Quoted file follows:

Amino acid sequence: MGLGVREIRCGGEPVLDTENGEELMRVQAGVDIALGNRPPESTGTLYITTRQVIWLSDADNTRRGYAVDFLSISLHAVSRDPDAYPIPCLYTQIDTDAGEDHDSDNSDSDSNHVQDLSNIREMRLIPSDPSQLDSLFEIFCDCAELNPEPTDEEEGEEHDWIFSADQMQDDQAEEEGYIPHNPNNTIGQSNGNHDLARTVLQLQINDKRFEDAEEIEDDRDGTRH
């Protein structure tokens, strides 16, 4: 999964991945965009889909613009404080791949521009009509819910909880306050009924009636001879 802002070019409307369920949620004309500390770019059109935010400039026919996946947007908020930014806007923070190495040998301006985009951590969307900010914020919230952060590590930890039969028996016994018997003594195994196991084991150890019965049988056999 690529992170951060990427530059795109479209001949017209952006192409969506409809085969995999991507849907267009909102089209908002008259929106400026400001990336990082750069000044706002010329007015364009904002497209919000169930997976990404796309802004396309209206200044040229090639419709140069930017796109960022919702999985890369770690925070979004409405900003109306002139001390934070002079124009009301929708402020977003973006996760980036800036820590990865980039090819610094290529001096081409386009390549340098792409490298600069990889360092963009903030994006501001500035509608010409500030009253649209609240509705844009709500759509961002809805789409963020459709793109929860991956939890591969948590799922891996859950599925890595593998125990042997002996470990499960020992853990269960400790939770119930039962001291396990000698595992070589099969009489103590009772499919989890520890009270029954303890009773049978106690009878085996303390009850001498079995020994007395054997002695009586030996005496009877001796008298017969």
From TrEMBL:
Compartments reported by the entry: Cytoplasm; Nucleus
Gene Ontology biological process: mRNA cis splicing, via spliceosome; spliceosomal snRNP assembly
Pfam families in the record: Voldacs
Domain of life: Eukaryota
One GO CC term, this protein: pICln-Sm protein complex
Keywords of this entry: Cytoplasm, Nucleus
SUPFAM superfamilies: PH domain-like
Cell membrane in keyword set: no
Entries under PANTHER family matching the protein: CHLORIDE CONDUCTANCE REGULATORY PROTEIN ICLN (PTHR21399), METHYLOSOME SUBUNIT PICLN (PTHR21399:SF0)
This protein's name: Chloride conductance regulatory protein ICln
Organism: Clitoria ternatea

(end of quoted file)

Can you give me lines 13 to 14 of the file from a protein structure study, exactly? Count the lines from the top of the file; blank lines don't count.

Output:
This protein's name: Chloride conductance regulatory protein ICln
Organism: Clitoria ternatea